RBI cuts repo rate for third time in a row after GDP hit 5-year low, loans may get cheaper

RBI Governor Shaktikanta Das's third consecutive policy cut comes a week after data showed economic growth falling to a 5-year low at 6.8 per cent in FY19.

Published: 06th June 2019 11:59 AM  |   Last Updated: 07th June 2019 08:48 AM   |  A+A-

RBI Governor Shaktikanta Das along with deputies arrive for RBI's bi-monthly policy review in Mumbai Thursday June 6 2019. | PTI

Express News Service

MUMBAI: In an attempt to give impetus to the Indian economy that has been lumbering along for quite some time now, the Reserve Bank of India (RBI) on Thursday tried to bring down the rate at which you borrow from banks. To do so, the central bank cut its key policy rates for the third time in a row, bringing it to its lowest level since September 2010. The Monetary Policy Committee’s decision to cut the rate at which the RBI lends to banks by 0.25 per cent, bringing it down to 5.75 per cent, was unanimous. 

“Our decision is driven by growth concerns and inflation, in that order,” RBI Governor Shaktikanta Das said. There were indications of further RBI rates cuts. Experts believe that there could be at least one or even two more policy rate cuts this calendar year provided inflation stays low. “Growth impulses have weakened significantly as reflected in a further widening of the output gap compared to the April 2019 policy,” the central bank said.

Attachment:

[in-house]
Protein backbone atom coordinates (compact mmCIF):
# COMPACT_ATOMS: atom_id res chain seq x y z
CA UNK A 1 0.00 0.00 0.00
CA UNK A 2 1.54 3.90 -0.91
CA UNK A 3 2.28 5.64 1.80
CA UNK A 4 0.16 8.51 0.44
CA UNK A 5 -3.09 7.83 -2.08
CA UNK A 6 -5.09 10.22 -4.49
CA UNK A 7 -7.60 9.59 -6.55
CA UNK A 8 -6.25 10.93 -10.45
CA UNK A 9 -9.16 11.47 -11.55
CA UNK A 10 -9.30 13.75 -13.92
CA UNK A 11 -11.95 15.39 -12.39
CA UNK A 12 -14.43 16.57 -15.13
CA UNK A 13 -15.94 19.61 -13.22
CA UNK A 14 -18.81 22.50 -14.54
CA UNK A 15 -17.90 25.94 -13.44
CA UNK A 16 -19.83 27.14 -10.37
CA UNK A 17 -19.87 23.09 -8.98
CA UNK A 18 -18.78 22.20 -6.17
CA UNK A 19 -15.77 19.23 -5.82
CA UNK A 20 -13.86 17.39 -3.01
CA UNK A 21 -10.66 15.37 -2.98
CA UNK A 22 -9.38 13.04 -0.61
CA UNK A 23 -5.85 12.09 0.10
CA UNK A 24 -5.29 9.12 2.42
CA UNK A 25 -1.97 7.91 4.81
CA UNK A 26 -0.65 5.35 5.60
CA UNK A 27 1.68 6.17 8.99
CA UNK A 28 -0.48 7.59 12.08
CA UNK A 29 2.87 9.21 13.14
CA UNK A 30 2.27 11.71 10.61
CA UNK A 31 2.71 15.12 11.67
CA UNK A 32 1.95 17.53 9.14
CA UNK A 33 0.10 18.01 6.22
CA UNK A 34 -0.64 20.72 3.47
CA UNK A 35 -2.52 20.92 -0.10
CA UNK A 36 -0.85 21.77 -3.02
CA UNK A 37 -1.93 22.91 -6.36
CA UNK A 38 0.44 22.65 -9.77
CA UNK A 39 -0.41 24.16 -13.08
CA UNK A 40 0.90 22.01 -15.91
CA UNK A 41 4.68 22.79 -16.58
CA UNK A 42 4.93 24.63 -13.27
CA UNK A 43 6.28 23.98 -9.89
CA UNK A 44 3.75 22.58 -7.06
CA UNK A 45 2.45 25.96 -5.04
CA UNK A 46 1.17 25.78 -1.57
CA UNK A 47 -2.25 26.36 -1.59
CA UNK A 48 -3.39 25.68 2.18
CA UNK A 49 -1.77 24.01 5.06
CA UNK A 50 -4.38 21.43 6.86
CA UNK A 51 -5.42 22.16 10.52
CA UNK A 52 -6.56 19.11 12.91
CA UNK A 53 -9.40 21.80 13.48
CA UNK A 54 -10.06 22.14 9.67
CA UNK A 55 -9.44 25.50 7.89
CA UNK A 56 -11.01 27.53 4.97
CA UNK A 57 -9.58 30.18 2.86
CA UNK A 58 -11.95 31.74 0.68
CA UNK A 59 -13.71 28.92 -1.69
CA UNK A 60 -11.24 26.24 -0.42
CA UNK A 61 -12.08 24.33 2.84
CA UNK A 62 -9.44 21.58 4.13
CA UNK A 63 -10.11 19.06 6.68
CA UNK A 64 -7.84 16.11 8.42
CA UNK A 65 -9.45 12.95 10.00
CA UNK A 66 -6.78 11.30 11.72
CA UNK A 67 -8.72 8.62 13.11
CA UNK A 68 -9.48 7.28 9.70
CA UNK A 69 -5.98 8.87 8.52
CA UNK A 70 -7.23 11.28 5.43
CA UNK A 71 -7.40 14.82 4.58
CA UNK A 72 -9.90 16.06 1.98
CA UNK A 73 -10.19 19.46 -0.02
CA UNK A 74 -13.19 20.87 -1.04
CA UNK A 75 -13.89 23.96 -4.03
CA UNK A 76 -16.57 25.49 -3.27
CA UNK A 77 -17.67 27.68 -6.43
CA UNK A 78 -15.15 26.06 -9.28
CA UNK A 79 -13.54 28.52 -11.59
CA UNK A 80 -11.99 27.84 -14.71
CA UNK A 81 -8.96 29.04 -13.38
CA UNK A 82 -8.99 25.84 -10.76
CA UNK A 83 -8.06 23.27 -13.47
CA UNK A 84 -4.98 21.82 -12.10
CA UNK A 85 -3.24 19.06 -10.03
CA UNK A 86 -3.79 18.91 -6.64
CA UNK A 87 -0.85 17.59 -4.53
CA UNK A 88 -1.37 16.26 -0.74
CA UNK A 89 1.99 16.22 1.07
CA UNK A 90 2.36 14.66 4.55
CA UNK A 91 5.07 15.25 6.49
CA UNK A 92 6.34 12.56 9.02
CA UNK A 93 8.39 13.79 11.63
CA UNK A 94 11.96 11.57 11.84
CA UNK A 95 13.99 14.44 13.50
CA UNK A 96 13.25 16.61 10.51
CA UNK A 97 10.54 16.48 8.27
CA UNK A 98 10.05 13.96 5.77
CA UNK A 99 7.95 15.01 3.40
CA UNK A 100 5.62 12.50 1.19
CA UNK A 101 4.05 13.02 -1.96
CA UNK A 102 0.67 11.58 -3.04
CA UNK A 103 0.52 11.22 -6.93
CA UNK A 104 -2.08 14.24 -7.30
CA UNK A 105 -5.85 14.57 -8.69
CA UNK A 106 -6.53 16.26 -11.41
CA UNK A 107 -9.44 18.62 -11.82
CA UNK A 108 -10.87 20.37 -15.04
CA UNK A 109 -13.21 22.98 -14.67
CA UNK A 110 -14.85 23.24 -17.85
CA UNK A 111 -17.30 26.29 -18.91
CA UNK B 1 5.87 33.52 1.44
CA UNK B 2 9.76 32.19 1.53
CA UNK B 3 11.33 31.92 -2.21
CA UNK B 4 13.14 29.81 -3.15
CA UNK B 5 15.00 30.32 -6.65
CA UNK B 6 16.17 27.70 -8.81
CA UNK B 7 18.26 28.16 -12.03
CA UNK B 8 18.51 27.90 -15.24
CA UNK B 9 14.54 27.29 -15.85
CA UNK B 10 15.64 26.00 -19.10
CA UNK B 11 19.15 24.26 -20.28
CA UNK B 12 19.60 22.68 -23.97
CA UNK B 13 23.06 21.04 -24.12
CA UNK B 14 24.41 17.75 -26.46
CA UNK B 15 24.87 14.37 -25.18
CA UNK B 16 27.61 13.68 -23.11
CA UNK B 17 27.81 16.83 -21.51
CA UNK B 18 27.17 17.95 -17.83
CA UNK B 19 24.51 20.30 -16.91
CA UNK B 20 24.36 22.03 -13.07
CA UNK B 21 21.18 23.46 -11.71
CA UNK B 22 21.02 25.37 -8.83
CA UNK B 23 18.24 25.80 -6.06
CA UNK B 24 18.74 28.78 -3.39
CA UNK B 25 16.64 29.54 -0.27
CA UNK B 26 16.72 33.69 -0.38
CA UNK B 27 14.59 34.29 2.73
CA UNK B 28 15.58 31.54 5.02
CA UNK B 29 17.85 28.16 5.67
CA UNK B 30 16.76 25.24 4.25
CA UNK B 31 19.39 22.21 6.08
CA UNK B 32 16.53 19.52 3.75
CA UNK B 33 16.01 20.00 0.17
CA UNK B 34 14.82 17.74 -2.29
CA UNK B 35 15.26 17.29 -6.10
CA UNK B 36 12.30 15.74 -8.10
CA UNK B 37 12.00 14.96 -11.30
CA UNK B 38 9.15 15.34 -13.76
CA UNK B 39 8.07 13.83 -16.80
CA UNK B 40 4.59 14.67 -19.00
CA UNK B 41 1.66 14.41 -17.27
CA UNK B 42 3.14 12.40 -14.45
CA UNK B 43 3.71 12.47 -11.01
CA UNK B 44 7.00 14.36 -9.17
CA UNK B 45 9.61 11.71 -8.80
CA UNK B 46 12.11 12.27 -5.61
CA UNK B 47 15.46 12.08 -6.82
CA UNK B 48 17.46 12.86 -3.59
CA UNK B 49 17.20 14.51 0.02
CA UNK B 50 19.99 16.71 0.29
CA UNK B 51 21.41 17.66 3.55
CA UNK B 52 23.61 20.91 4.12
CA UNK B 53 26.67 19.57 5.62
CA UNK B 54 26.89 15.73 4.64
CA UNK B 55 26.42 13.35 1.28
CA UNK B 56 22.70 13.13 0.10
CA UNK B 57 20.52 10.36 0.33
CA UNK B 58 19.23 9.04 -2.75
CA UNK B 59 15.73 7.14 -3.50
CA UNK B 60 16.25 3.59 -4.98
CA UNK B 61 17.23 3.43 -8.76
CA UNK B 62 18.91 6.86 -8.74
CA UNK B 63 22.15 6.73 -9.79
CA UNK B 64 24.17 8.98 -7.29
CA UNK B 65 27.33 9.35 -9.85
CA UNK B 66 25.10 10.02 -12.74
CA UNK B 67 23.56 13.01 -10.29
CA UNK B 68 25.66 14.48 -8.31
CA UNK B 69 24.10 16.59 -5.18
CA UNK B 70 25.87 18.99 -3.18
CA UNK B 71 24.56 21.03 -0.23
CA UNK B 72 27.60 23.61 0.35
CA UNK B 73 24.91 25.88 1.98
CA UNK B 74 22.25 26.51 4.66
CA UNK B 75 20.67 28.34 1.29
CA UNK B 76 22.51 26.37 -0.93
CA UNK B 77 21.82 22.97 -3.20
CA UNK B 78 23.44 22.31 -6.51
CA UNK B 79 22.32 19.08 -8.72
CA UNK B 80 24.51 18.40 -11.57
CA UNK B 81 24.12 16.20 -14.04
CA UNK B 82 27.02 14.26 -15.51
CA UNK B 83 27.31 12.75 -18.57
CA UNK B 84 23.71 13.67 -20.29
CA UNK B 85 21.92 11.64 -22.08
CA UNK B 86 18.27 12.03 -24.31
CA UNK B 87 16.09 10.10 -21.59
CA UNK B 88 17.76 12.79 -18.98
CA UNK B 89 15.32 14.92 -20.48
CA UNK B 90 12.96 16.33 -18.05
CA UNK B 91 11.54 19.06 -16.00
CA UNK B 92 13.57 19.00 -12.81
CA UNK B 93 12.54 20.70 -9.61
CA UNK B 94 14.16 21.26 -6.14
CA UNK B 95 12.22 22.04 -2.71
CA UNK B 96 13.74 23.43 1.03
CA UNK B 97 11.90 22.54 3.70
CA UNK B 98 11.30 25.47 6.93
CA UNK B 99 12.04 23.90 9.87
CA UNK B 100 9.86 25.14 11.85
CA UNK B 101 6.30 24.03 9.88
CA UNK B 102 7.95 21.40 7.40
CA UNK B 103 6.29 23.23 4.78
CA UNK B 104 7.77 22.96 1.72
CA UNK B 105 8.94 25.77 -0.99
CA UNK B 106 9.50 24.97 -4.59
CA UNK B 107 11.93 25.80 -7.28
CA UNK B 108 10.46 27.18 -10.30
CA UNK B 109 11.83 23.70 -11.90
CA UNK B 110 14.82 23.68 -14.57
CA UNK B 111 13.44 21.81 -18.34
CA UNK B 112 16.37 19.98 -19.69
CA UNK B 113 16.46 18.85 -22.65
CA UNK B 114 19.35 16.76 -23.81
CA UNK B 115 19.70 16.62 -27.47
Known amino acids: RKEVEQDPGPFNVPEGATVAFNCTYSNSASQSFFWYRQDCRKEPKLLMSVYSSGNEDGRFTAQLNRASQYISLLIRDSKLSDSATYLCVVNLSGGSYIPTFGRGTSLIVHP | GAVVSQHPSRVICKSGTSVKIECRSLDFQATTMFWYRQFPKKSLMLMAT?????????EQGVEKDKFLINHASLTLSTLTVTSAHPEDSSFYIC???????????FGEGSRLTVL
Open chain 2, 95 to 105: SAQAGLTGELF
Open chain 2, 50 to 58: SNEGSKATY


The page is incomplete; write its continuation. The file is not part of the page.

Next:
If done, the Monetary Policy Committee's unanimous decision will make borrowing cheaper and prompt consumers to borrow and spend on homes, cars or consumer durables. 

ALSO READ: RBI lowers GDP growth forecast to 7.2 per cent for 2019-20

The idea is to offer cheaper home and automobile loans to spur consumption and boost the industry. Till now, businesses had been chary of investing in a market where consumer demand is weak. For example, the automobile sector is struggling. The central bank hopes its intervention will push demand.The housing market that has been flat at best could perk up if home loan rates are cut. With banks getting cheaper funds, the rates for various small saving schemes could get a haircut, said Anil Gupta, vice president, ICRA.

But does the RBI rate cut quickly translate into banks lowering their lending rates? Normally it takes four to six months for lenders to pass on the benefit, but the 0.50 per cent cut in RBI rates since February have already resulted in 0.21 per cent pass on for fresh loans, Das revealed. Crisil expects banks to pass on 0.10 to 0.20 per cent of the fresh rate cut to borrowers. Economists expect the monetary policy to be complemented by the fiscal policy new Finance Minister Nirmala Sitharaman will unveil in her first budget. 

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